The BIG sales are just around the corner and every day we are learning about another ‘important’ work that is coming to the market this November. One of the more interesting is da Vinci’s Salvador Mundi which is part of the Rybolovlev collection and at the center of a lawsuit he has with Yves Bouvier over his acquisition costs. Rybolovlev paid $127.5M for the painting, but it appears that his adviser, Mr. Bouvier, got the work for $80M … nice commission. This one should be interesting as I have heard all sorts of guess on what the painting will make … one person pegged it at $310M. If that were to happen, I guess it would be both good and bad for Mr. Rybolovlev.
On top of that, there are a number of paintings that are being sold by the Berkshire Museum (40 in all) and among them are two Norman Rockwells (which were donated to the museum by the artist). The Rockwell family and other museum patrons are up in arms and have filed a lawsuit in hopes of stopping the sale. We should have more on this very soon as the cases are going to be heard on November 1.
I am still baffled by the salerooms’ continued cross-marketing of works. Not that there is anything wrong with trying to get Contemporary buyers to consider 19th century or Old Master works, but those works need to be sold in their period sales. In Sotheby’s Impressionist evening sale, there is a painting by Vilhelm Hammershoi ($2.5-$3.5M) … an artist who works belong in the 19th century European sale the following week … and a Georgia O’Keeffe ($2.5-$3.5M) which should be in the American sale the day before.
In addition, in the span of one week, Sotheby’s will present their American Art; Impressionist and Modern Art and Contemporary Art auctions … that is a lot to absorb!
The competition has given the sales just a little more room. They will be offering their Impressionist and Modern plus their Contemporary sales that same week, but moved their American art sale to the following week. What I found rather puzzling is that they will be offering Leonardo da Vinci’s Salvador Mundi as lot 9B in their Post War & Contemporary Evening Sale … didn’t realize da Vinci was a Contemporary master! That one should either be included in a traditional Old Master sale or in its own sale … not right before a Basquiat! Can we really say that da Vinci and Basquiat are, art historically, at the same level? It will be interesting to see if they are even on the same price level!!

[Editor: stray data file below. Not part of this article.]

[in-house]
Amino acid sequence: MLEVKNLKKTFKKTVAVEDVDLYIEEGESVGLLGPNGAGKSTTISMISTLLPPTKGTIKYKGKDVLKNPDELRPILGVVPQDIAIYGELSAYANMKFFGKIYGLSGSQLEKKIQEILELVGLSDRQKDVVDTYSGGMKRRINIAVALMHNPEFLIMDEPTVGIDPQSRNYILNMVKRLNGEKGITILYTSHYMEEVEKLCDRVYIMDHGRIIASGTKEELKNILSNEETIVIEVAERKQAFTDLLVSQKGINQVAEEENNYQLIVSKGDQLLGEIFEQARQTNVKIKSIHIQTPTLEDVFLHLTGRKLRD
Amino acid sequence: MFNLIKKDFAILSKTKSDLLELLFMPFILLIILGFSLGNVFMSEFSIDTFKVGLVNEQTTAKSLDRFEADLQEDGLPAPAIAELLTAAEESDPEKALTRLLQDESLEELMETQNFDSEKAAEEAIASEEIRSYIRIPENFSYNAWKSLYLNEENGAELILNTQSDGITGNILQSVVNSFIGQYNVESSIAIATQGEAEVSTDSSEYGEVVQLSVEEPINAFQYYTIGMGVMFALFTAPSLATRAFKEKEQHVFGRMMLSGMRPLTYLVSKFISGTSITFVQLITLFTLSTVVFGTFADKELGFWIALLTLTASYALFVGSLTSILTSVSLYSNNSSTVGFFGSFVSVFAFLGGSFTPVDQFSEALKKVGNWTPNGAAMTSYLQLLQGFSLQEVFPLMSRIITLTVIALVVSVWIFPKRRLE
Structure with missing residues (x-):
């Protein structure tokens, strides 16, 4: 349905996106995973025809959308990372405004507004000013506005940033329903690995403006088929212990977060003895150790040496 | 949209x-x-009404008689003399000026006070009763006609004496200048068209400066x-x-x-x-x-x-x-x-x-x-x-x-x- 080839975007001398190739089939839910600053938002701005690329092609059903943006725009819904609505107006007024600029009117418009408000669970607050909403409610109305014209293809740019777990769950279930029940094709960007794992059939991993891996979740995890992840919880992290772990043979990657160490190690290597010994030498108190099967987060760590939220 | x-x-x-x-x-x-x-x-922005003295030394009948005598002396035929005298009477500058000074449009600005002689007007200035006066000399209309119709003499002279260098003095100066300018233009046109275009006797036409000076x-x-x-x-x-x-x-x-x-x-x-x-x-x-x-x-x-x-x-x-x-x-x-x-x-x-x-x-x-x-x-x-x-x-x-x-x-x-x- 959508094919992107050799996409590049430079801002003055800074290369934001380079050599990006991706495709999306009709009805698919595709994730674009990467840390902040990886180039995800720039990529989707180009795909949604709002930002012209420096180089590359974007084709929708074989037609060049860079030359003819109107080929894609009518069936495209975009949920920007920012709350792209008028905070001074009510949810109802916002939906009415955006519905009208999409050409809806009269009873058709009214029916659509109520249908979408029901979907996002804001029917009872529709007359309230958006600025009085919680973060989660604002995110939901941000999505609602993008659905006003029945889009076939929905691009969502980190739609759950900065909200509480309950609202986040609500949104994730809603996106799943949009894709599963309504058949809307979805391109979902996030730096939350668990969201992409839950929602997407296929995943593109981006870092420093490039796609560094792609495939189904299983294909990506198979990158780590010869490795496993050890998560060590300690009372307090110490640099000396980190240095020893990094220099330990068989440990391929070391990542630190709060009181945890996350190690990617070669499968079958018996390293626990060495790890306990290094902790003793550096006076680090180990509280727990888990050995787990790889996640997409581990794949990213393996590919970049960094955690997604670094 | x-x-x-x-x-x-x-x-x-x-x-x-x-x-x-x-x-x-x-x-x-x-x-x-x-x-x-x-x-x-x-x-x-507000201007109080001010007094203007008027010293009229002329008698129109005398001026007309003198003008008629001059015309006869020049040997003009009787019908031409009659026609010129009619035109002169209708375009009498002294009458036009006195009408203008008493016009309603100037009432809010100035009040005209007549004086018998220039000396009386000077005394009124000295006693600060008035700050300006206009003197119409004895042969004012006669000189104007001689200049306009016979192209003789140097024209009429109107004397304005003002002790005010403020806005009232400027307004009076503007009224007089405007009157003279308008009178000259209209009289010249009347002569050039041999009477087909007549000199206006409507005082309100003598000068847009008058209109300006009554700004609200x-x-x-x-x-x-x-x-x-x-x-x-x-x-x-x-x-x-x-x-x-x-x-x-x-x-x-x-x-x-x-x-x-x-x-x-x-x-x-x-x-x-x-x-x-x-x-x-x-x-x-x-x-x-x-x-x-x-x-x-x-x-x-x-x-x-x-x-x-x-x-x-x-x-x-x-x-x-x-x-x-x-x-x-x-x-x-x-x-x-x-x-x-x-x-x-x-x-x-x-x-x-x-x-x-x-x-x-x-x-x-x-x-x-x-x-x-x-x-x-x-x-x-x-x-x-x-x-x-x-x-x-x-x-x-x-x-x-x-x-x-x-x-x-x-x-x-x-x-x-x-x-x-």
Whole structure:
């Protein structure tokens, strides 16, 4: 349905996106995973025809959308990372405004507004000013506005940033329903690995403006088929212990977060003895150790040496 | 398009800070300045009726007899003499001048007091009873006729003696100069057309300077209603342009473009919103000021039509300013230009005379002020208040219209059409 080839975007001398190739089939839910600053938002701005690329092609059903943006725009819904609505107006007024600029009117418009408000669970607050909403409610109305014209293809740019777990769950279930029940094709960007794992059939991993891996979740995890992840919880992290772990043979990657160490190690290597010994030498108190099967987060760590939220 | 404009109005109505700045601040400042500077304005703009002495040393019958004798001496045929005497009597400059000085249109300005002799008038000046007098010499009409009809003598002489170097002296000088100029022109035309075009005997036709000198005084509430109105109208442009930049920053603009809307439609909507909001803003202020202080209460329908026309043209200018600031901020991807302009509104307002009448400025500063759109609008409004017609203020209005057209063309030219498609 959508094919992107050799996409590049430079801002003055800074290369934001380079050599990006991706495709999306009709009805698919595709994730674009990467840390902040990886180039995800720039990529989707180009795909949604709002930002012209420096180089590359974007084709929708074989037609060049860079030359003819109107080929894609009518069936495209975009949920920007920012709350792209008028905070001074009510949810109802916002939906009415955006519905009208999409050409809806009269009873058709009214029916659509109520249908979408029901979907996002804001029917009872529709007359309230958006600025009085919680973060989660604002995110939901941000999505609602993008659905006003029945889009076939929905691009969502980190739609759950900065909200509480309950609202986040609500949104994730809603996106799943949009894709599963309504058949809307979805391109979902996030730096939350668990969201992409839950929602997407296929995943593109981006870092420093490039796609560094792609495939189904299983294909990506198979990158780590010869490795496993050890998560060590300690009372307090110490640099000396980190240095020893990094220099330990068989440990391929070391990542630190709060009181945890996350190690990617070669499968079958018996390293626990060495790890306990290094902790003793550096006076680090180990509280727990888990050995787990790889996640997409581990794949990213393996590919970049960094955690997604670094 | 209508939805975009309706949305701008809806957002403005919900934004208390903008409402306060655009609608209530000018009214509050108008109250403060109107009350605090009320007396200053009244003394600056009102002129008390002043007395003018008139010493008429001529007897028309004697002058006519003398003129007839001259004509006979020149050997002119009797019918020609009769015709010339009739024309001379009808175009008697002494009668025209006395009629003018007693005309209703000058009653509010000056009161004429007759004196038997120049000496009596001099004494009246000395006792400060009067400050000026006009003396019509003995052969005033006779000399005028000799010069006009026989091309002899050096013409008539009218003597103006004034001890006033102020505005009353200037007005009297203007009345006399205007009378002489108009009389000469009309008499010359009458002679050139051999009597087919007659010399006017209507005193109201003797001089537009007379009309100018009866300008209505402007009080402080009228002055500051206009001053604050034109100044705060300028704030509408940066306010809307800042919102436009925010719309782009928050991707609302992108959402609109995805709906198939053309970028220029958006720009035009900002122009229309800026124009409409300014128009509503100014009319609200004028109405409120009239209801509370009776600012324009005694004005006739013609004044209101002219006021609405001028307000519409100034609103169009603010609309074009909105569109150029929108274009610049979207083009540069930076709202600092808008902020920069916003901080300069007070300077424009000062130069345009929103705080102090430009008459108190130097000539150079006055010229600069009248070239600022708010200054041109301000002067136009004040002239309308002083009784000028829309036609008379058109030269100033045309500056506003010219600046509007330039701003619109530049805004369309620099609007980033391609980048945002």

This constant blurring of the lines really messes up people’s understanding of the individual markets. Taking the top lots from the Old Master and 19th century periods and selling them in Impressionist or Contemporary sales can really prop up the results for those markets, while damaging the other sale results. Look, pulling a $3M work from the 19th century sale is a biggie … and pulling a $100M plus work from the Old Master sales is just not right!
Anyway, let’s get on with the warm-up sales.
Post War/Contemporary & Italian - London
The first big set of sales this season took place in London in early October featuring Post-War and Contemporary works. Both Sotheby’s and Christie’s not only offered their usual Evening and Day sales, but each also included a specially curated Contemporary Italian Art sale.
Sotheby’s started the week off with a fairly ordinary showing… the sale totaled £50.3M ($66.5M – est. £43.6-60.4M) which was good for the highest total at Sotheby’s for this series of sales. Leading the way was Cy Twombly’s Untitled (1962) bringing £6.4M ($8.4M) on a £5-7M estimate. Hockney’s 15 Canvas Study of the Grand Canyon found a buyer at just over £6M ($7.9M – est. £3.8-5M) – good for second. Rounding out the top three was Philip Guston’s Odessa which brought in £3.75M ($4.9M) on a £2.5-35M estimate. Other notable lots filled the sale, including works by Dubuffet (£3.2M), Basquiat (£2.9M), Calder (£2.8M & £1.6M), Richter (£2.5M) and Bacon (£1.9M). Initially 47 lots were to be offered but two were withdrawn early on, then two were pulled at the last minute prior to the sale… of the remaining 43 lots that actually made it to the block, 38 (roughly 88%) found buyers. Of the 5 failures, only one was fairly significant… and that turned out to be temporary. Lot 9… Basquiat’s Bronze initially failed to find a buyer but somehow popped up the following day as the first lot of the day sale with a winning bid placed at £5.1M ($6.6M). I’m not even sure what to say about this… apparently there are no rules anymore – I probably should also note that this Basquiat bolstered the day sale significantly… this one lot, of more than 200, accounted for 1/3 of the entire sale’s total! Let’s not forget about the Italian Art… Another 45 works were offered with just 31 sold. Collectively, that added £18M ($24M) to the evening for a grand total of £68.3M ($90.5M).